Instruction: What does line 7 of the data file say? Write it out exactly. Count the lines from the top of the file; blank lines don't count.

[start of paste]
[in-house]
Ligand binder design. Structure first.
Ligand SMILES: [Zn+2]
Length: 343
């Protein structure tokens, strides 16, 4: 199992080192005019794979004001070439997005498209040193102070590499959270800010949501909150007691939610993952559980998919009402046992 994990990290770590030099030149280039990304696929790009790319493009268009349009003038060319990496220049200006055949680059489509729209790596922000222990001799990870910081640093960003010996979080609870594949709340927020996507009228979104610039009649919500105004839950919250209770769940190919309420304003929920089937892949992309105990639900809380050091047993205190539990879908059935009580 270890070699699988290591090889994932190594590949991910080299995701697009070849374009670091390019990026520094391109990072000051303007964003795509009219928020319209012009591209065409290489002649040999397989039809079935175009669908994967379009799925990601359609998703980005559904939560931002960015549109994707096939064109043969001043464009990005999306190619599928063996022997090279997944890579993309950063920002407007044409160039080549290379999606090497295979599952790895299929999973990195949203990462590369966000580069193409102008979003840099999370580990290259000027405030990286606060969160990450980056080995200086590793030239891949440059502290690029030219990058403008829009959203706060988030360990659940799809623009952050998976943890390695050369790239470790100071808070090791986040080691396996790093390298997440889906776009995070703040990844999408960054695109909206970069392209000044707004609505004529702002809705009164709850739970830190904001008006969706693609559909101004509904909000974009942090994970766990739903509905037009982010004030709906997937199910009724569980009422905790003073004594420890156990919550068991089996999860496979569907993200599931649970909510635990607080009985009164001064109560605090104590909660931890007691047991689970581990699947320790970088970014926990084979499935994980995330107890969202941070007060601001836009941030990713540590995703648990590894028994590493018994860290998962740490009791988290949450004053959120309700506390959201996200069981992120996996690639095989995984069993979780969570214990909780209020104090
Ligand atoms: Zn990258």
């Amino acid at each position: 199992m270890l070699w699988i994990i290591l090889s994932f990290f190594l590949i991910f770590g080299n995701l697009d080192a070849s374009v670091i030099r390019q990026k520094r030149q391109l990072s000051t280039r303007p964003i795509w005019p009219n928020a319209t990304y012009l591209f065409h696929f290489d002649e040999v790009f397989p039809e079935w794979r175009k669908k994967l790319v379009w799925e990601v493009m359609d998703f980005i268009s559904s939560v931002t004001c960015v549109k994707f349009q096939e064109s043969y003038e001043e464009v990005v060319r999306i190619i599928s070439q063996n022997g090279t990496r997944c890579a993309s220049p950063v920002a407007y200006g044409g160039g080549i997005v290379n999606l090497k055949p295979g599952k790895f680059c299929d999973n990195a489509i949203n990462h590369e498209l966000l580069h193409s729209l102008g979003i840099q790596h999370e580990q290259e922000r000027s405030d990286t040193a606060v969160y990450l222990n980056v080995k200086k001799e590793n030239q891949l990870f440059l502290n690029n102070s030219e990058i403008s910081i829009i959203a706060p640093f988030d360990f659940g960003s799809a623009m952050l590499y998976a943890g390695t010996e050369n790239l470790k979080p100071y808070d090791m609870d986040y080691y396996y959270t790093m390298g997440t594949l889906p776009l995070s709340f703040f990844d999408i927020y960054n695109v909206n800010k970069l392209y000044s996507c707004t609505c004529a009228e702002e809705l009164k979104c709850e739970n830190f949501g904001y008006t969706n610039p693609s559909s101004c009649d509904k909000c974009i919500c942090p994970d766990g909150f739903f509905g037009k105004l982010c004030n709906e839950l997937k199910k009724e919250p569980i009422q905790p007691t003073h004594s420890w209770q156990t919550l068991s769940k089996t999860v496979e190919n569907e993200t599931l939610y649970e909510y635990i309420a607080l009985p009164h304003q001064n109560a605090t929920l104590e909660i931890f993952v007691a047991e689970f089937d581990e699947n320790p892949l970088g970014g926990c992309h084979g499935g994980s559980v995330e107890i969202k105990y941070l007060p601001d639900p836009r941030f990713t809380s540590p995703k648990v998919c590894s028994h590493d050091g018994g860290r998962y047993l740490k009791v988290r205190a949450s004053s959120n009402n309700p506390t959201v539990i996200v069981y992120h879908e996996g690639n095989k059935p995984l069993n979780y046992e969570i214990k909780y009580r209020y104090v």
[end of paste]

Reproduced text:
């Amino acid at each position: 199992m270890l070699w699988i994990i290591l090889s994932f990290f190594l590949i991910f770590g080299n995701l697009d080192a070849s374009v670091i030099r390019q990026k520094r030149q391109l990072s000051t280039r303007p964003i795509w005019p009219n928020a319209t990304y012009l591209f065409h696929f290489d002649e040999v790009f397989p039809e079935w794979r175009k669908k994967l790319v379009w799925e990601v493009m359609d998703f980005i268009s559904s939560v931002t004001c960015v549109k994707f349009q096939e064109s043969y003038e001043e464009v990005v060319r999306i190619i599928s070439q063996n022997g090279t990496r997944c890579a993309s220049p950063v920002a407007y200006g044409g160039g080549i997005v290379n999606l090497k055949p295979g599952k790895f680059c299929d999973n990195a489509i949203n990462h590369e498209l966000l580069h193409s729209l102008g979003i840099q790596h999370e580990q290259e922000r000027s405030d990286t040193a606060v969160y990450l222990n980056v080995k200086k001799e590793n030239q891949l990870f440059l502290n690029n102070s030219e990058i403008s910081i829009i959203a706060p640093f988030d360990f659940g960003s799809a623009m952050l590499y998976a943890g390695t010996e050369n790239l470790k979080p100071y808070d090791m609870d986040y080691y396996y959270t790093m390298g997440t594949l889906p776009l995070s709340f703040f990844d999408i927020y960054n695109v909206n800010k970069l392209y000044s996507c707004t609505c004529a009228e702002e809705l009164k979104c709850e739970n830190f949501g904001y008006t969706n610039p693609s559909s101004c009649d509904k909000c974009i919500c942090p994970d766990g909150f739903f509905g037009k105004l982010c004030n709906e839950l997937k199910k009724e919250p569980i009422q905790p007691t003073h004594s420890w209770q156990t919550l068991s769940k089996t999860v496979e190919n569907e993200t599931l939610y649970e909510y635990i309420a607080l009985p009164h304003q001064n109560a605090t929920l104590e909660i931890f993952v007691a047991e689970f089937d581990e699947n320790p892949l970088g970014g926990c992309h084979g499935g994980s559980v995330e107890i969202k105990y941070l007060p601001d639900p836009r941030f990713t809380s540590p995703k648990v998919c590894s028994h590493d050091g018994g860290r998962y047993l740490k009791v988290r205190a949450s004053s959120n009402n309700p506390t959201v539990i996200v069981y992120h879908e996996g690639n095989k059935p995984l069993n979780y046992e969570i214990k909780y009580r209020y104090v």